Spencer Rattler is the real QB sleeper in the 2024 NFL Draft


We’ve talked ad nauseam about the top four QBs in the 2024 NFL Draft. With only a week until the draft, it’s time to focus on some of the other guys at the position outside of the biggest names.

Oregon’s Bo Nix and Washington’s Michael Penix Jr. have been considered in the next tier after Caleb Williams, Jayden Daniels, Drake Maye, and J.J. McCarthy. Don’t end the group there. There’s another player who can crash the party, and that’s South Carolina’s Spencer Rattler.

Rattler has been through a whirlwind of a college career, starting as the next great Oklahoma QB, before getting usurped by Williams and transferring to South Carolina. Despite not having the best playcalling or protection around him, Rattler still showed growth over his two seasons in Columbia and could see his name get called on the second day of the NFL Draft.

Here’s what him intriguing at the next level.

Spencer Rattler has pro playmaking ability

The first thing that stands out about Rattler is his quick, whip-like release. He’s got enough arm strength packed into a compact, 6’0 frame that allows him to test opponents downfield. Because of South Carolina’s lackluster offensive line, the Gamecocks used Rattler on a lot of rollouts, sprint-outs and getting him out of the pocket, and his release really makes its’ presence known on these rollout concepts.

I really like this rep of Rattler’s from the Missouri game which resulted in a 29 yard completion. Watch him get out of the pocket, but still gain ground to the line of scrimmage, then put this ball on the dot to the receiver running the over route. He can do this at an NFL level, and the talent is evident.

When he has his feet set in the pocket, Rattler is capable of delivering some strikes downfield, showcasing NFL-caliber arm talent and velocity. This rep against Georgia on 3rd and 15 is a good example of that, especially under pressure. South Carolina is running a dagger concept, and Rattler is able to move into a throwing window at the top of his drop. However, this window is quickly closing because of a defender, but Rattler is unfazed, and fires this into the receiver breaking open over the middle to move the chains on third and long.

You can talk me into this!

Now let’s talk about some of those pressure responses because … they were varied at South Carolina.

Spencer Rattler still tries to do too much, and it’s all over the tape

In his two years playing for the Gamecocks, Rattler was pressured on 36.5 percent of his dropbacks. When pressured, his On-Target Rate actually jumped from 60.9 percent in 2022 to 74.2 percent in 2023, but his sack rate when pressured in 2023 was a horrendous 23.2%. That means when he was pressured in 2023, about 23 percent of the time he was getting sacked. Rattler’s pressure responses varied over the course of his career, and the results were also a mixed bag.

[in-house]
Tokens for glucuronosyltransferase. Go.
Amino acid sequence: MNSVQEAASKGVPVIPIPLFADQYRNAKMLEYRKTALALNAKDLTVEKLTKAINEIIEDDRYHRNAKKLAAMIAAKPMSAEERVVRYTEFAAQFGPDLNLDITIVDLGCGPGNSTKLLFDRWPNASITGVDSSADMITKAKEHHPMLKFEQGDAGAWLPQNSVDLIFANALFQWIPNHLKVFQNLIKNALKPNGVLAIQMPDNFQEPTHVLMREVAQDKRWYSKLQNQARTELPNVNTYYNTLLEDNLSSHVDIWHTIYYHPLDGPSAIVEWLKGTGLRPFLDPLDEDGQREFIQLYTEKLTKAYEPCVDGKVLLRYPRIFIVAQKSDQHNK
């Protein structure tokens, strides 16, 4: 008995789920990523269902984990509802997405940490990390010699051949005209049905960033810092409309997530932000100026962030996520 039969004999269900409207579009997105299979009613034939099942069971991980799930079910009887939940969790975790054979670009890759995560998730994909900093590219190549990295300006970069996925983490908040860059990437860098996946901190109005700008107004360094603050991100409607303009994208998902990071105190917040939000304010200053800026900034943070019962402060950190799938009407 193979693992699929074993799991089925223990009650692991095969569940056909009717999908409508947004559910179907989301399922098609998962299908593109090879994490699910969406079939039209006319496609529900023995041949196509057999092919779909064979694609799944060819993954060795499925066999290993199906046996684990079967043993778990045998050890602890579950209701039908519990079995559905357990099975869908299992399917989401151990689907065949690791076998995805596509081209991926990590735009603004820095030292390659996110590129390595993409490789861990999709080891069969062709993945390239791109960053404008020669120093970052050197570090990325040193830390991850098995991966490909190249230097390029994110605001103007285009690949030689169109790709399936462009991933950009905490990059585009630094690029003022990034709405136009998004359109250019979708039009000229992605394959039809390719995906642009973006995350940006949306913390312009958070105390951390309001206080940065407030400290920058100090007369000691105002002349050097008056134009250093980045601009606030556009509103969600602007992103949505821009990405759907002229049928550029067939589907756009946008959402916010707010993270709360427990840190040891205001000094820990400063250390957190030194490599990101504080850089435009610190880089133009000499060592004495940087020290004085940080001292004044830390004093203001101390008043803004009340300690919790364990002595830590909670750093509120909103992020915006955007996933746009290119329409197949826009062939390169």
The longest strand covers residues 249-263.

One reason I think his sack rate was so much higher in 2023 than in 2022 was because he was more willing to stand in and deliver passes with guys in his face. This rep is from 2023, and Rattler gets cracked, yet stands in and fires this pass for a first down.

Now, let’s compare to 2022 against Texas A&M. While this pass gets completed, it’s the process that I don’t really like. At the top of his drop this route comes open, and he can throw this pass in there if he wants to. Yet, he turns it down to roll out the pocket and complete the pass. That’s more unsustainable at the NFL level, as we’ve seen with recent draft prospects (cough cough Zach Wilson). Being able to win from the pocket under pressure is what separates the good from the great, and Rattler is still trying to find his groove with that.

I think my biggest gripe with Rattler’s game is how much meat he leaves on the bone with inconsistent ball placement, especially in short yardage areas. Too often, he’s leaving his receivers out to dry with passes that are behind them or too far in front of them. This is a fourth and two from 2023 against Tennessee, and Rattler’s receiver has the leverage to the outside. However, Rattler puts this ball too far on the inside and instead of a first down, it’s a turnover on downs.

Here’s another one, on a similar concept, and Rattler completes the pass, but instead of a touchdown, his receiver has to turn inside and the result is being stopped short.

Wherever Rattler ends up in the draft, he has to be told to make the job easier on himself. He doesn’t have to try and stand in the pocket on every single pressure look, he doesn’t have to try and be the superhero every single play. If he can iron those ball placement and pressure inconsistencies out, a franchise could get a fun young QB.

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